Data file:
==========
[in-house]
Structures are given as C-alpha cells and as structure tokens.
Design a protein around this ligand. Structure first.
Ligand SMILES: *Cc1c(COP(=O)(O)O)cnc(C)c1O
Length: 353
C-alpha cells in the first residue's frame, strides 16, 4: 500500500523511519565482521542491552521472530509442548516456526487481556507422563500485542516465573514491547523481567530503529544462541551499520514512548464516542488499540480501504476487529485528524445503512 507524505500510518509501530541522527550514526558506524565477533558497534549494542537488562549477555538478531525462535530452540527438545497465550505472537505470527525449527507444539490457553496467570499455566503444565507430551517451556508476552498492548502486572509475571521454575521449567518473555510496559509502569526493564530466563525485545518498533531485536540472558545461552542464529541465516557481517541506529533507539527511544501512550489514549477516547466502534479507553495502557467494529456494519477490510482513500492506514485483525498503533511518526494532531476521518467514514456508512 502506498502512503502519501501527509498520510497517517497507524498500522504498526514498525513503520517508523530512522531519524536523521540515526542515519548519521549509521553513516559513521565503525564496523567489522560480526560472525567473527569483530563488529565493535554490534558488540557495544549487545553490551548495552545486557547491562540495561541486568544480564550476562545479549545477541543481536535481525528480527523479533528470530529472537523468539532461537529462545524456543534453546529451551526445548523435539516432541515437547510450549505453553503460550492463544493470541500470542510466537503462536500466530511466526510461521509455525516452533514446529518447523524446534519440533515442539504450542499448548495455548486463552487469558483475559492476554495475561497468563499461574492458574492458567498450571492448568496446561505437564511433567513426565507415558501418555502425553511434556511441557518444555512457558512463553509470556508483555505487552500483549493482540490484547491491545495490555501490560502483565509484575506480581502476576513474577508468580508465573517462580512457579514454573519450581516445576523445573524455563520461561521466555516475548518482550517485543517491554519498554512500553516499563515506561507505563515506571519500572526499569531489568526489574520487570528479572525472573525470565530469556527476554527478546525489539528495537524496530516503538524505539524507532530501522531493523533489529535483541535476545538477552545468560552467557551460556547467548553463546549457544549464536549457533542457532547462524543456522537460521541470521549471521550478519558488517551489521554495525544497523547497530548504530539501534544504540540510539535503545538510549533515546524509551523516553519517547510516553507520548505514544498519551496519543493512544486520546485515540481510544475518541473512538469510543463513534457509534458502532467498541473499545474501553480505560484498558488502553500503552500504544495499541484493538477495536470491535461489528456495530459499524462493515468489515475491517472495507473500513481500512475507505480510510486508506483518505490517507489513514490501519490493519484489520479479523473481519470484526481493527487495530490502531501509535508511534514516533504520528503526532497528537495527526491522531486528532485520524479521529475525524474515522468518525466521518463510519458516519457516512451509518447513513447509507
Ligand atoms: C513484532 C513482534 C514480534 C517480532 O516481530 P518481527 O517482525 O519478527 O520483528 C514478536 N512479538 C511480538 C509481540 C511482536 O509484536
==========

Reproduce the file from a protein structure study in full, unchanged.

[in-house]
Structures are given as C-alpha cells and as structure tokens.
Design a protein around this ligand. Structure first.
Ligand SMILES: *Cc1c(COP(=O)(O)O)cnc(C)c1O
Length: 353
C-alpha cells in the first residue's frame, strides 16, 4: 500500500523511519565482521542491552521472530509442548516456526487481556507422563500485542516465573514491547523481567530503529544462541551499520514512548464516542488499540480501504476487529485528524445503512 507524505500510518509501530541522527550514526558506524565477533558497534549494542537488562549477555538478531525462535530452540527438545497465550505472537505470527525449527507444539490457553496467570499455566503444565507430551517451556508476552498492548502486572509475571521454575521449567518473555510496559509502569526493564530466563525485545518498533531485536540472558545461552542464529541465516557481517541506529533507539527511544501512550489514549477516547466502534479507553495502557467494529456494519477490510482513500492506514485483525498503533511518526494532531476521518467514514456508512 502506498502512503502519501501527509498520510497517517497507524498500522504498526514498525513503520517508523530512522531519524536523521540515526542515519548519521549509521553513516559513521565503525564496523567489522560480526560472525567473527569483530563488529565493535554490534558488540557495544549487545553490551548495552545486557547491562540495561541486568544480564550476562545479549545477541543481536535481525528480527523479533528470530529472537523468539532461537529462545524456543534453546529451551526445548523435539516432541515437547510450549505453553503460550492463544493470541500470542510466537503462536500466530511466526510461521509455525516452533514446529518447523524446534519440533515442539504450542499448548495455548486463552487469558483475559492476554495475561497468563499461574492458574492458567498450571492448568496446561505437564511433567513426565507415558501418555502425553511434556511441557518444555512457558512463553509470556508483555505487552500483549493482540490484547491491545495490555501490560502483565509484575506480581502476576513474577508468580508465573517462580512457579514454573519450581516445576523445573524455563520461561521466555516475548518482550517485543517491554519498554512500553516499563515506561507505563515506571519500572526499569531489568526489574520487570528479572525472573525470565530469556527476554527478546525489539528495537524496530516503538524505539524507532530501522531493523533489529535483541535476545538477552545468560552467557551460556547467548553463546549457544549464536549457533542457532547462524543456522537460521541470521549471521550478519558488517551489521554495525544497523547497530548504530539501534544504540540510539535503545538510549533515546524509551523516553519517547510516553507520548505514544498519551496519543493512544486520546485515540481510544475518541473512538469510543463513534457509534458502532467498541473499545474501553480505560484498558488502553500503552500504544495499541484493538477495536470491535461489528456495530459499524462493515468489515475491517472495507473500513481500512475507505480510510486508506483518505490517507489513514490501519490493519484489520479479523473481519470484526481493527487495530490502531501509535508511534514516533504520528503526532497528537495527526491522531486528532485520524479521529475525524474515522468518525466521518463510519458516519457516512451509518447513513447509507
Ligand atoms: C513484532 C513482534 C514480534 C517480532 O516481530 P518481527 O517482525 O519478527 O520483528 C514478536 N512479538 C511480538 C509481540 C511482536 O509484536